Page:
If there were shades of grey in the state of enforceability of employee non-solicitation provisions (to prevent attempts to and/or the hire of former colleagues), that outlook just got darker. California law has declared void “every contract by which anyone is restrained from engaging in a lawful profession, trade, or business of any kind.” (Business & Professions Code section 16600.) Over the past five years, California courts have increasingly relied on Section 16600 to invalidate non-solicitation provisions.
In the 1985 case, Loral Corporation v. Moyes, the California Court of Appeals upheld an agreement restraining a former executive from raiding his former employer’s employees because it was a reasonable restraint on trade. That was the law for three decades. However, in 2018, the California Court of Appeals invalidated a non-solicitation of employees clause in AMN Healthcare, Inc. v. Aya Healthcare Services, Inc., relying on the specific fact that plaintiffs were recruiters such that upholding the provision would, in effect, restrain them from engaging in their chosen profession. Then, in 2019, a U.S. District Court in Barker v. Insight Global, boldly struck down a non-solicitation provision as unenforceable under California Business & Professions Code Section 16600, despite Loral and AMN, rejecting that fact-specific application.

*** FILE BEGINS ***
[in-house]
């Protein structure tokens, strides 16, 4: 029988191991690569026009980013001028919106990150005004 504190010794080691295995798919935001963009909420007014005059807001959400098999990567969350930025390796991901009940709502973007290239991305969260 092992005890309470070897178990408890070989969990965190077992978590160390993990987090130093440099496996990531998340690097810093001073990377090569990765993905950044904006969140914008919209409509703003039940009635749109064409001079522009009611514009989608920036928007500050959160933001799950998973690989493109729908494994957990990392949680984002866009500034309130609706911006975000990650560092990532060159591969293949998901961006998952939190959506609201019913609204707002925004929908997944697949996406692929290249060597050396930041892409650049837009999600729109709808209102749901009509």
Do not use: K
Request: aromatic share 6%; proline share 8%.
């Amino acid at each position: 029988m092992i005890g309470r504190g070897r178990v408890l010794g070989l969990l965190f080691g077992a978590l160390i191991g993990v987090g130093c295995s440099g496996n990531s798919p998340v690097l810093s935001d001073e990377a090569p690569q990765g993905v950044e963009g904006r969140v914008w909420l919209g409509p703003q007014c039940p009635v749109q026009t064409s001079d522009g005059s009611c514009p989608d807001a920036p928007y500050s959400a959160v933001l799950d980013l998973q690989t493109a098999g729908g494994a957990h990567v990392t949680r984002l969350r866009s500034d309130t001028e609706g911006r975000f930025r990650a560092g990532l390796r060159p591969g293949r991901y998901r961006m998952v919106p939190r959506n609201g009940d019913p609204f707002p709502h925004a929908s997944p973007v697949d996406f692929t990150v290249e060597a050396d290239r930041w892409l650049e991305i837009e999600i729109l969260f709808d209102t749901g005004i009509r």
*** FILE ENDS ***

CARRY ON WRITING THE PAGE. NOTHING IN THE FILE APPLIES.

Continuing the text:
With the passage of SB 699, continued use of non-solicitation provisions in California is riskier than ever. As my colleagues Jeffrey Horton Thomas and Michelle Harrington wrote, before the adoption of section 16600.5, individuals suing in California to invalidate restrictive covenants had no basis to recover damage awards or attorney’s fees. While individuals could seek restitution, that dollar figure is different than a damages award and often less than a damages award. But, effective January 1, 2024, section 16600.5 authorizes employees, former employees, and applicants to recover damage awards, injunctive relief, and attorney’s fees and costs against their employers when they prevail in invalidating restrictive covenants, without a corresponding provision for employers who prevail in litigation.
The incentive to litigate employee non-solicitation clauses (including anti-raiding provisions) has increased exponentially and is likely to chill any further use of these provisions against California-based employees.